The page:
Qatar’s banking sector remains healthy, reflecting high asset quality and robust capitalisation; even as the Qatar Central Bank (QCB) should consider introducing additional indicators in the real estate, given the softening of rates in the sector, according to the International Monetary Fund (IMF).
At end-September 2018, banks had high capitalisation (capital adequacy ratio, or CAR, of 16%) and maintained strong profitability (return on assets, or ROA, of 1.6%), low non-performing loans (ratio of 1.7%), and a reasonable provisioning ratio of 83%, the Bretton Woods institutions said in its latest Article IV consultation with Qatar.
Banks are comfortably liquid, with liquid-asset-to-total-asset ratio of 29.7%. Nonetheless, strong credit growth that outpaced deposits resulted in the system-wide loan-to-deposit (LTD) ratio of 103%, which is higher than the QCB guidance of 100%.
"The loan-to-deposit ratio should be enforced to encourage banks to reduce leverage," the IMF report said.
Highlighting that stress test results indicate that Qatari banks can withstand severe macroeconomic shocks, the IMF said given the strong position of the financial system, with low NPLs, adequate provisioning, and solid profitability, banks can "comfortably" withstand higher NPLs and lower profitability brought about by macroeconomic shocks.
Although banks remain sound, underpinned by strong profitability and capital as well as high asset quality, the report said it is important to continue to monitor closely banking sector’s assets, given the softening of real estate prices.
"In this connection, QCB should consider introducing additional indicators such as vacancy rates to assess in a more timely fashion developments in the real estate sector," the IMF report said, adding "the emphasis on risk-based supervision is important, as it provides the opportunity to detect vulnerabilities at earlier stages."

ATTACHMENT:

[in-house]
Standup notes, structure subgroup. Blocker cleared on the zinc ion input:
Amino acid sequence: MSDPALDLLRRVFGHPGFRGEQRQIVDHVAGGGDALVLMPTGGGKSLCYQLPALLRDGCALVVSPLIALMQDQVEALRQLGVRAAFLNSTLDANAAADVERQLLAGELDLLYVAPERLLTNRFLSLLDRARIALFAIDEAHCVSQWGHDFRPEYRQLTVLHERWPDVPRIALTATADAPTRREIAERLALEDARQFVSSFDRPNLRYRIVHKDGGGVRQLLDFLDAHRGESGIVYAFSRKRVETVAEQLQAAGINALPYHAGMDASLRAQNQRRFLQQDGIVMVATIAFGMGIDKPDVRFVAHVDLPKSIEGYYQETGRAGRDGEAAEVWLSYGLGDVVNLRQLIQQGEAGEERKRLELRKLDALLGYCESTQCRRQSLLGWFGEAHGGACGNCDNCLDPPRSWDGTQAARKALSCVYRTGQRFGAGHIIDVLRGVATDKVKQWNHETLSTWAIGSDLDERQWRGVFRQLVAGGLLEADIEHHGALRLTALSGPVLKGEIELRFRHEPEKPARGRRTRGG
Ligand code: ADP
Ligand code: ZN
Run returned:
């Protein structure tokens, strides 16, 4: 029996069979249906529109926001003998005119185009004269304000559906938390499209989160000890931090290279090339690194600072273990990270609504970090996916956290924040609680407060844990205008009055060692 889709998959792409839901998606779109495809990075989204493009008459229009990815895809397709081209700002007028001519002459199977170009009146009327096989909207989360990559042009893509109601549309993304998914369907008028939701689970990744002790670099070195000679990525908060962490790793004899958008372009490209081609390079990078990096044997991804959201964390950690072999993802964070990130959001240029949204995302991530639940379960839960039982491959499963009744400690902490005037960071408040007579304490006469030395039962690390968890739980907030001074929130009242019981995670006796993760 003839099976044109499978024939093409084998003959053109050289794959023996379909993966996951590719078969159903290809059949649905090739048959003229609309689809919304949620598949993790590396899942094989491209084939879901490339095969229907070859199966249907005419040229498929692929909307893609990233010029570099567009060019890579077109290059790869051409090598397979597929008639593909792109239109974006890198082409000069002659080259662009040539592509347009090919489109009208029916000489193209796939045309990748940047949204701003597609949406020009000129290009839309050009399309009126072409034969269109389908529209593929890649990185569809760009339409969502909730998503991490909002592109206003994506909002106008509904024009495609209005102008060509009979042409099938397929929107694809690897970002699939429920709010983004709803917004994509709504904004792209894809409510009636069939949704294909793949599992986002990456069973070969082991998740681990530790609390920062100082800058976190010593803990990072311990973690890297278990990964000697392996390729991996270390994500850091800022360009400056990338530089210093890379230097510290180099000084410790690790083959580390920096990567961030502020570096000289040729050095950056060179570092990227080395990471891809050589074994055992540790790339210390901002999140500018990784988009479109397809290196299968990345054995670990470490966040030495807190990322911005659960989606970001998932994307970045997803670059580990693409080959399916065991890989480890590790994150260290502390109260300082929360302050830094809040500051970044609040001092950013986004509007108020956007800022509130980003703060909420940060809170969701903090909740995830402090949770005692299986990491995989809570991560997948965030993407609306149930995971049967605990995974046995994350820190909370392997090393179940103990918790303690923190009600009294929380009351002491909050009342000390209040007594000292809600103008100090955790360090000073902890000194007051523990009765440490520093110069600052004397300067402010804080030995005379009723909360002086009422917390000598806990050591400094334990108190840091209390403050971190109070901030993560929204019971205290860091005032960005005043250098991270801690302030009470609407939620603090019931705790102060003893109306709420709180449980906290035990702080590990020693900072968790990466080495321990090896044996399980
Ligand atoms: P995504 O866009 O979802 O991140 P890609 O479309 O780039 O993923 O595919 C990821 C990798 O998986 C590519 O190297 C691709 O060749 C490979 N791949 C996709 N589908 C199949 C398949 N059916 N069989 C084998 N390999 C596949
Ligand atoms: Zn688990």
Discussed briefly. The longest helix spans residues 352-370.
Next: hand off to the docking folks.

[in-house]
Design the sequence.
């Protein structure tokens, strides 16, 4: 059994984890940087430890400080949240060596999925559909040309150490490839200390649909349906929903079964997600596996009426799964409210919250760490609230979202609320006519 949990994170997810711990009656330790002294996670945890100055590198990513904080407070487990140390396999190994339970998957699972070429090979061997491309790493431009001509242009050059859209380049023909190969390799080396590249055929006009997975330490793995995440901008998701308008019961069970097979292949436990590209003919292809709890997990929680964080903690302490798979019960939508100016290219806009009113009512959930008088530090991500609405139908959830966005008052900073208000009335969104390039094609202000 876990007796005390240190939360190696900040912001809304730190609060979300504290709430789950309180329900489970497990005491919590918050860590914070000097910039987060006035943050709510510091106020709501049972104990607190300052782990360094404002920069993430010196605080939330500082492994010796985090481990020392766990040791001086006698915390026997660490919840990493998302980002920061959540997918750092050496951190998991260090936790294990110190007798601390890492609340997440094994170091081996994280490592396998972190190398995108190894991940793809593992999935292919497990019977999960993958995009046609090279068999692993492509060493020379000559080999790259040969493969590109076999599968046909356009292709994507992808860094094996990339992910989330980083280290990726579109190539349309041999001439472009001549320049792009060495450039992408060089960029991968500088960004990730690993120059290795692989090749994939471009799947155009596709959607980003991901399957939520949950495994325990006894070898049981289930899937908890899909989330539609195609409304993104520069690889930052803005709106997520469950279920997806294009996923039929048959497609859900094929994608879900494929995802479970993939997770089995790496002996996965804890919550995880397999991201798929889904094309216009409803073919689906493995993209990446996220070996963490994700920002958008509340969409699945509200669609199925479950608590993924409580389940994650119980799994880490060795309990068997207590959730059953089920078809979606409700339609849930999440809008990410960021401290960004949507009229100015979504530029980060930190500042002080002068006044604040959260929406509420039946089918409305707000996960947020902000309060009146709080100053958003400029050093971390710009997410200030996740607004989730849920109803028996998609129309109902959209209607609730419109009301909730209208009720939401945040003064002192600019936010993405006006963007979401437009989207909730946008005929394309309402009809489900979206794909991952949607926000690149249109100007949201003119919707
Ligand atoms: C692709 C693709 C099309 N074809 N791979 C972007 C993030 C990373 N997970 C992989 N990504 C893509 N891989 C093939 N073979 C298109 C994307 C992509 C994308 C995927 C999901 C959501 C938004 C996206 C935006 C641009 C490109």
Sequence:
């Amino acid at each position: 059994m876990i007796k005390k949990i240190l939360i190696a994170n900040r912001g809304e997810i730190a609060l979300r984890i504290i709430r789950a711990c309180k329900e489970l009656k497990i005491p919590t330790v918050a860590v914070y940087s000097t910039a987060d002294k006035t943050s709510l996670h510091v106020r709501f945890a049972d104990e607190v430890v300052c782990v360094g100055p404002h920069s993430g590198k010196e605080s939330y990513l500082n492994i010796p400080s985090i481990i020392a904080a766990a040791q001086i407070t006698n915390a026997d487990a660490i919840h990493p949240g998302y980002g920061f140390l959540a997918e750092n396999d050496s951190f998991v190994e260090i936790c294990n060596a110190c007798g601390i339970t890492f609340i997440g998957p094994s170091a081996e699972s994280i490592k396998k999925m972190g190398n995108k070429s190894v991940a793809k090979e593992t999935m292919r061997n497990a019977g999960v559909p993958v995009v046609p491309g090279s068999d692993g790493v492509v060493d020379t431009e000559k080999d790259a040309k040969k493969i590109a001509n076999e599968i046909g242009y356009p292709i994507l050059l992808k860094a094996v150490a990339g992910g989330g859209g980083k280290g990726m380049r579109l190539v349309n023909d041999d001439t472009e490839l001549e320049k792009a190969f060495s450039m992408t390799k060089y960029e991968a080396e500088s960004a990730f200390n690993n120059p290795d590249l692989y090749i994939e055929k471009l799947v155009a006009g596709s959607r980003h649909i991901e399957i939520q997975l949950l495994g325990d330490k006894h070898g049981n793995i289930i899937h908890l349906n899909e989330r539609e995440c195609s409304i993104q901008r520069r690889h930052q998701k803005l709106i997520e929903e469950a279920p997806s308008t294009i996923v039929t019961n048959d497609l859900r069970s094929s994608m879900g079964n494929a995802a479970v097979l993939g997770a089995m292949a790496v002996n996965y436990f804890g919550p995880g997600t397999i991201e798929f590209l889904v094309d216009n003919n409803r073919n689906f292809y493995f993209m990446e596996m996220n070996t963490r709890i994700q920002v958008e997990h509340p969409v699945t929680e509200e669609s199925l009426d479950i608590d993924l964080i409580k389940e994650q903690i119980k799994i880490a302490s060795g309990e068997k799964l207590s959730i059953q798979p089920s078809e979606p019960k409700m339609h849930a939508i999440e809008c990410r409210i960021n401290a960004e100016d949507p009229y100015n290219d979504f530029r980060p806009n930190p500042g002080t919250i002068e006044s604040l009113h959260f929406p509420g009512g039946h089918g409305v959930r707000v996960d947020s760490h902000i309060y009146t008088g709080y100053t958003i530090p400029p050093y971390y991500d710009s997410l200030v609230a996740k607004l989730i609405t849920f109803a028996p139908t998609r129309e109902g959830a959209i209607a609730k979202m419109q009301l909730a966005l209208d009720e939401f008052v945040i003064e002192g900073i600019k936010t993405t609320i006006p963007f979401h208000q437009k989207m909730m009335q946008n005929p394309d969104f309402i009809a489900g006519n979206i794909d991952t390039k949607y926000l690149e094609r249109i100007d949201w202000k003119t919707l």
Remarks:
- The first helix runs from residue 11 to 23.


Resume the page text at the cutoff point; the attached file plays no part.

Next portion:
After a period of rapid growth, real estate prices in Qatar are adjusting to new levels. According to the real estate price index developed by the QCB, following an 82% increase during 2012-16, real estate prices fell by 15% during 2017-18, it said.
Many of the real estate borrowers are reportedly well-diversified large conglomerates that are able to support their loan payments from other businesses, it said.
The IMF also recommended strengthening the modalities for the exchange of information between the fiscal and monetary authorities to help averting sharp swings in liquidity and the related adverse economic and financial impact.
Stressing that financial innovation tends to give rise to risks and vulnerabilities, despite the advantage of enhancing financial inclusion; the IMF report said "it is therefore important to further strengthen financial supervision and the regulatory framework to ensure that consumers are protected and offered sound products."
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